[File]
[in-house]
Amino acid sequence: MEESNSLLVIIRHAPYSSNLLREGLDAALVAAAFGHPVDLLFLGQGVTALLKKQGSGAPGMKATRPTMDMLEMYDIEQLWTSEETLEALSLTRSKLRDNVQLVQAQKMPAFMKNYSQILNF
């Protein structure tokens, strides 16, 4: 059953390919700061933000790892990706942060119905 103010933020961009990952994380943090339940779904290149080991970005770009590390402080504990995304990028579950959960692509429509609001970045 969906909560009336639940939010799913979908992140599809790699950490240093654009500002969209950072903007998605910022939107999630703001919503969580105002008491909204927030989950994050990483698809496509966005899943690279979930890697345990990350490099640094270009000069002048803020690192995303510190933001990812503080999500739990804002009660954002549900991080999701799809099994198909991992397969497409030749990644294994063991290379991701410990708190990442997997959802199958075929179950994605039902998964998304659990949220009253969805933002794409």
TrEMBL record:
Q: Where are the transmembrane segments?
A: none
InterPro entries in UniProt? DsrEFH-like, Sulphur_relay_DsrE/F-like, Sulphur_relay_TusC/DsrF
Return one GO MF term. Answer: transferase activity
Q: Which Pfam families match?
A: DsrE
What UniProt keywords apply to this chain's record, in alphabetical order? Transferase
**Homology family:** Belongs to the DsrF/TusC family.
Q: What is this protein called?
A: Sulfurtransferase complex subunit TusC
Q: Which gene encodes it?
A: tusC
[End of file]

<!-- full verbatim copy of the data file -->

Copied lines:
[in-house]
Amino acid sequence: MEESNSLLVIIRHAPYSSNLLREGLDAALVAAAFGHPVDLLFLGQGVTALLKKQGSGAPGMKATRPTMDMLEMYDIEQLWTSEETLEALSLTRSKLRDNVQLVQAQKMPAFMKNYSQILNF
């Protein structure tokens, strides 16, 4: 059953390919700061933000790892990706942060119905 103010933020961009990952994380943090339940779904290149080991970005770009590390402080504990995304990028579950959960692509429509609001970045 969906909560009336639940939010799913979908992140599809790699950490240093654009500002969209950072903007998605910022939107999630703001919503969580105002008491909204927030989950994050990483698809496509966005899943690279979930890697345990990350490099640094270009000069002048803020690192995303510190933001990812503080999500739990804002009660954002549900991080999701799809099994198909991992397969497409030749990644294994063991290379991701410990708190990442997997959802199958075929179950994605039902998964998304659990949220009253969805933002794409």
TrEMBL record:
Q: Where are the transmembrane segments?
A: none
InterPro entries in UniProt? DsrEFH-like, Sulphur_relay_DsrE/F-like, Sulphur_relay_TusC/DsrF
Return one GO MF term. Answer: transferase activity
Q: Which Pfam families match?
A: DsrE
What UniProt keywords apply to this chain's record, in alphabetical order? Transferase
**Homology family:** Belongs to the DsrF/TusC family.
Q: What is this protein called?
A: Sulfurtransferase complex subunit TusC
Q: Which gene encodes it?
A: tusC